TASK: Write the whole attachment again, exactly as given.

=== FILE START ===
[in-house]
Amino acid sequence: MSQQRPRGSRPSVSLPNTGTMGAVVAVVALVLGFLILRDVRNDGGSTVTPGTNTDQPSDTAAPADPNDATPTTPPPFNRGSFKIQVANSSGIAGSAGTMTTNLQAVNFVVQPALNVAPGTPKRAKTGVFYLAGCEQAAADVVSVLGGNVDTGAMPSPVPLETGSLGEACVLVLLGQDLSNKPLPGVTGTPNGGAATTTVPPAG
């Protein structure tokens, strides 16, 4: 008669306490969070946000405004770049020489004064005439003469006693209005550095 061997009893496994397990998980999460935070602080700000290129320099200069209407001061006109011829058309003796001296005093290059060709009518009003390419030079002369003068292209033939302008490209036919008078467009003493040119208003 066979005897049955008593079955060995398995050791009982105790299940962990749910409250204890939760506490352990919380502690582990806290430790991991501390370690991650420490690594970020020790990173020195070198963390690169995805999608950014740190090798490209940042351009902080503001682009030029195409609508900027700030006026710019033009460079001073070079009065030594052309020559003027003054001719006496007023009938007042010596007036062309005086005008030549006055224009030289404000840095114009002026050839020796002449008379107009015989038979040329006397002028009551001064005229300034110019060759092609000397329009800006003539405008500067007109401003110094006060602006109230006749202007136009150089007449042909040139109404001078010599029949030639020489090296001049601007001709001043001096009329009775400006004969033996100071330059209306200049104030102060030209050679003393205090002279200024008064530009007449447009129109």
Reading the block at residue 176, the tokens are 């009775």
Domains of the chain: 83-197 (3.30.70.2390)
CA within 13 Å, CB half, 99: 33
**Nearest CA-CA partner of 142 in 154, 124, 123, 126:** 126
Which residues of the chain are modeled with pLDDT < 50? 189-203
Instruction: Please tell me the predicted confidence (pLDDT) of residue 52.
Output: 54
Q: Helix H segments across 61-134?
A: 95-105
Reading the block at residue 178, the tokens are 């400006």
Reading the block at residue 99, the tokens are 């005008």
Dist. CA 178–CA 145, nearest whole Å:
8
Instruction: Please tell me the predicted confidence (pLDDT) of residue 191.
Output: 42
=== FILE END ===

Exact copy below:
[in-house]
Amino acid sequence: MSQQRPRGSRPSVSLPNTGTMGAVVAVVALVLGFLILRDVRNDGGSTVTPGTNTDQPSDTAAPADPNDATPTTPPPFNRGSFKIQVANSSGIAGSAGTMTTNLQAVNFVVQPALNVAPGTPKRAKTGVFYLAGCEQAAADVVSVLGGNVDTGAMPSPVPLETGSLGEACVLVLLGQDLSNKPLPGVTGTPNGGAATTTVPPAG
């Protein structure tokens, strides 16, 4: 008669306490969070946000405004770049020489004064005439003469006693209005550095 061997009893496994397990998980999460935070602080700000290129320099200069209407001061006109011829058309003796001296005093290059060709009518009003390419030079002369003068292209033939302008490209036919008078467009003493040119208003 066979005897049955008593079955060995398995050791009982105790299940962990749910409250204890939760506490352990919380502690582990806290430790991991501390370690991650420490690594970020020790990173020195070198963390690169995805999608950014740190090798490209940042351009902080503001682009030029195409609508900027700030006026710019033009460079001073070079009065030594052309020559003027003054001719006496007023009938007042010596007036062309005086005008030549006055224009030289404000840095114009002026050839020796002449008379107009015989038979040329006397002028009551001064005229300034110019060759092609000397329009800006003539405008500067007109401003110094006060602006109230006749202007136009150089007449042909040139109404001078010599029949030639020489090296001049601007001709001043001096009329009775400006004969033996100071330059209306200049104030102060030209050679003393205090002279200024008064530009007449447009129109």
Reading the block at residue 176, the tokens are 């009775």
Domains of the chain: 83-197 (3.30.70.2390)
CA within 13 Å, CB half, 99: 33
**Nearest CA-CA partner of 142 in 154, 124, 123, 126:** 126
Which residues of the chain are modeled with pLDDT < 50? 189-203
Instruction: Please tell me the predicted confidence (pLDDT) of residue 52.
Output: 54
Q: Helix H segments across 61-134?
A: 95-105
Reading the block at residue 178, the tokens are 């400006």
Reading the block at residue 99, the tokens are 């005008």
Dist. CA 178–CA 145, nearest whole Å:
8
Instruction: Please tell me the predicted confidence (pLDDT) of residue 191.
Output: 42